New research has expanded on the discovery of a strange phenomenon called blackbody force, showing that the effect of radiation on particles surrounding massive objects can be magnified by the space that warps around them.
The find could affect how we model the formation of stars and planets, and even help us finally detect a theoretical form of radiation that allows black holes to evaporate.
In 2013, physicists announced radiation emitted from objects called 'blackbodies' could not only nudge small particles away, but tug them closer. What's more, for hot-enough objects with only a small amount of mass, the pushing force could be stronger than their gravitational pull.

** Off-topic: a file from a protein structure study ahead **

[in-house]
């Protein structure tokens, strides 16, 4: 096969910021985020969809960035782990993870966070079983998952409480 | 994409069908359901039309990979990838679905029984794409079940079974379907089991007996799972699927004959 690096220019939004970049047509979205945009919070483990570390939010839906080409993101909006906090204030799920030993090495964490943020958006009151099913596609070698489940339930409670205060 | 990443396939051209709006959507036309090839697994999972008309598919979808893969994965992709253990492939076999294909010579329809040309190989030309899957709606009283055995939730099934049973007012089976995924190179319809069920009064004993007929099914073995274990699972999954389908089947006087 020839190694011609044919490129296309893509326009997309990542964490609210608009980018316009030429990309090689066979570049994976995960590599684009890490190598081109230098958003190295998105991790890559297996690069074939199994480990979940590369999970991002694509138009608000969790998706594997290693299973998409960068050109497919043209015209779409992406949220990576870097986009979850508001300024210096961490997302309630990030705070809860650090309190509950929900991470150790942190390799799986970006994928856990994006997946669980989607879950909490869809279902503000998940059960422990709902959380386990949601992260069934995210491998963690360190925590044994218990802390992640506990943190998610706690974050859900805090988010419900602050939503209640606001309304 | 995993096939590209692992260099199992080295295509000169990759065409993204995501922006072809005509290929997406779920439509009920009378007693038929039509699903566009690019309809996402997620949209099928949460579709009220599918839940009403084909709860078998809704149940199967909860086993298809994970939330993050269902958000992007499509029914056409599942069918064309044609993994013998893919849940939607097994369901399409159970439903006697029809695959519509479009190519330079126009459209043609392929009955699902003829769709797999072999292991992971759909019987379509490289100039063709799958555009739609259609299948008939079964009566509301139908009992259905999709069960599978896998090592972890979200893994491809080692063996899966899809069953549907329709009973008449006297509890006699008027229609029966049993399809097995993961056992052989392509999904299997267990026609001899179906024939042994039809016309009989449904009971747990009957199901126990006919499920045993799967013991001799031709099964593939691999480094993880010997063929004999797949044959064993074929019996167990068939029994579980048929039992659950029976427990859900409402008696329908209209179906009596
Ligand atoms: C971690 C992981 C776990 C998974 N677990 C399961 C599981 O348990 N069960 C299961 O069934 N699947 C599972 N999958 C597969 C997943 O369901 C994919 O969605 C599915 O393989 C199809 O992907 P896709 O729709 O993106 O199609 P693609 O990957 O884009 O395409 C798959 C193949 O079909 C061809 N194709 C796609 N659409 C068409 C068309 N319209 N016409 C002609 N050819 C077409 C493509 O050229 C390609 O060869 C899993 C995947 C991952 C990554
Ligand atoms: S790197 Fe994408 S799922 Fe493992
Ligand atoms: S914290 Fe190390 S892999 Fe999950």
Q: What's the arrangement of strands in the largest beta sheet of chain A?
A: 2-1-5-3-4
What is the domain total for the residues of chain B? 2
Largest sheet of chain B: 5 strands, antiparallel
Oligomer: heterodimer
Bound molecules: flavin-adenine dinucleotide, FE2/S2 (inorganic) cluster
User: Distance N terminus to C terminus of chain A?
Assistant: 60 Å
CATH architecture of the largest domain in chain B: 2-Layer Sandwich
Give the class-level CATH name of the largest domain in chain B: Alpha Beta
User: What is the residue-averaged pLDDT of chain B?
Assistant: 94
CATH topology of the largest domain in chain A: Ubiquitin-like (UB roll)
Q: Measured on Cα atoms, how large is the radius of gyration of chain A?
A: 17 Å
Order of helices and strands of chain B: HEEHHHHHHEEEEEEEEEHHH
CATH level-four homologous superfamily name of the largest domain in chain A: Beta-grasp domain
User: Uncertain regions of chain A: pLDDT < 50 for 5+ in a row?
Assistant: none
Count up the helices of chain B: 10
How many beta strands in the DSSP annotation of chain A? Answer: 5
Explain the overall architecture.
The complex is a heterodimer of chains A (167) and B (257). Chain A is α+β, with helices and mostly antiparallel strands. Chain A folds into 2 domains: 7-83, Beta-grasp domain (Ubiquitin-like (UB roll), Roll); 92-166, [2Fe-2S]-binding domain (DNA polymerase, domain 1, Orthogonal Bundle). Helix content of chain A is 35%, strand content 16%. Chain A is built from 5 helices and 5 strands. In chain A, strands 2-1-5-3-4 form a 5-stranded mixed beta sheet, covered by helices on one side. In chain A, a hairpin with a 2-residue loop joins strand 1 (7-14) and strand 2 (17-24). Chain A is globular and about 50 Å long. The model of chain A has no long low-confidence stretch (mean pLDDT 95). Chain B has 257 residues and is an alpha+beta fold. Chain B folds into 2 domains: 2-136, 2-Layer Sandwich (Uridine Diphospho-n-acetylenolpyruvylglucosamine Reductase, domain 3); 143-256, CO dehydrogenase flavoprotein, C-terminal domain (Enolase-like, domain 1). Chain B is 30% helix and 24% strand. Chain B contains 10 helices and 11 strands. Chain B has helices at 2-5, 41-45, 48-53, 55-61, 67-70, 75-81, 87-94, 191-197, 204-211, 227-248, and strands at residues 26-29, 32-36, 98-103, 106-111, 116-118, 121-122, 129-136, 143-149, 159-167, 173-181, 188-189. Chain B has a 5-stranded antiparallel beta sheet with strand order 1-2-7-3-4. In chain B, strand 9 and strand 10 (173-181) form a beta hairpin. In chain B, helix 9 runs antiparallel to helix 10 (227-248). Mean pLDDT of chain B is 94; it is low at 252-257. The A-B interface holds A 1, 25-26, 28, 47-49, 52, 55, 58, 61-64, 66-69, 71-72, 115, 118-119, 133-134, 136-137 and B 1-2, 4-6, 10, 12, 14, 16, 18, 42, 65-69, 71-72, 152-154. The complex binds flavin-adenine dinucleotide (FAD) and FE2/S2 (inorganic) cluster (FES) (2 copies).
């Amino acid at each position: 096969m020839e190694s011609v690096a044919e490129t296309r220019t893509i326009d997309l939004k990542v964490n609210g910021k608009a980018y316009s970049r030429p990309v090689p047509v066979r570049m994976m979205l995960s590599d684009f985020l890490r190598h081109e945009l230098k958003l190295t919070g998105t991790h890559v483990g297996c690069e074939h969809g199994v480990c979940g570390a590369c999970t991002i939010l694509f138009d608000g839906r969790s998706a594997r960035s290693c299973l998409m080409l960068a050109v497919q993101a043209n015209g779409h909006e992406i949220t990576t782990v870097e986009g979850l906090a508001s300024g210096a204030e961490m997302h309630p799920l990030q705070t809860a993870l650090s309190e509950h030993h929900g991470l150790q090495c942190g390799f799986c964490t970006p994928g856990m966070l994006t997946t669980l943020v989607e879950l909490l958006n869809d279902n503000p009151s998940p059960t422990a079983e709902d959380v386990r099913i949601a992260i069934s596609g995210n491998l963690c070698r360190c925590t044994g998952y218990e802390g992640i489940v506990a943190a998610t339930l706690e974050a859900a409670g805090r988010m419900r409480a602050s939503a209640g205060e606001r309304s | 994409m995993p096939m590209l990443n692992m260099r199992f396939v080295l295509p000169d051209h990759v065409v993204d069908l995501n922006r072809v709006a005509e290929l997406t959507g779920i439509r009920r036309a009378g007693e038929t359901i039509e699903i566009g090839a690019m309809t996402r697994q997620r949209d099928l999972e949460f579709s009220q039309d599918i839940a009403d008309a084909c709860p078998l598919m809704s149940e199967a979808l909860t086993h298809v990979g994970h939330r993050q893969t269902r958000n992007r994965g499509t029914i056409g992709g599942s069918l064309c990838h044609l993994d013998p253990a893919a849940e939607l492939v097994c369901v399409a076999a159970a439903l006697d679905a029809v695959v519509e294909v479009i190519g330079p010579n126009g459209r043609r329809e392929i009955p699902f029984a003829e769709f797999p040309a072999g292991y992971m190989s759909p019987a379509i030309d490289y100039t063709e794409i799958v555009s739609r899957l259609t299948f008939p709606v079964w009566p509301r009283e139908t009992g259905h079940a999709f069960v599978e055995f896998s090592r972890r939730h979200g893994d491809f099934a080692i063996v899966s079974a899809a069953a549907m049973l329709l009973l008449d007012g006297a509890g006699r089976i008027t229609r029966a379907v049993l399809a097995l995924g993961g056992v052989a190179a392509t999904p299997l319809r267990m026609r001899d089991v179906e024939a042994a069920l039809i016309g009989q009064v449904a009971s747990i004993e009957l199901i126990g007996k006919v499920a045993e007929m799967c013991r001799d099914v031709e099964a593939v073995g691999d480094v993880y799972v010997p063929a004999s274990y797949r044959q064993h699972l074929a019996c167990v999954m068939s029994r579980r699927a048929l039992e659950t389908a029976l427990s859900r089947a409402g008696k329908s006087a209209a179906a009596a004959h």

If you've never come across the term, a blackbody is any opaque object that absorbs visible light, but doesn't reflect or transmit it.
Technically, blackbodies describe theoretically perfect objects that cannot reflect any light at all. Physical examples such as the carbon nanotube materials used to make the crazy-looking Vantablack coatings come pretty close.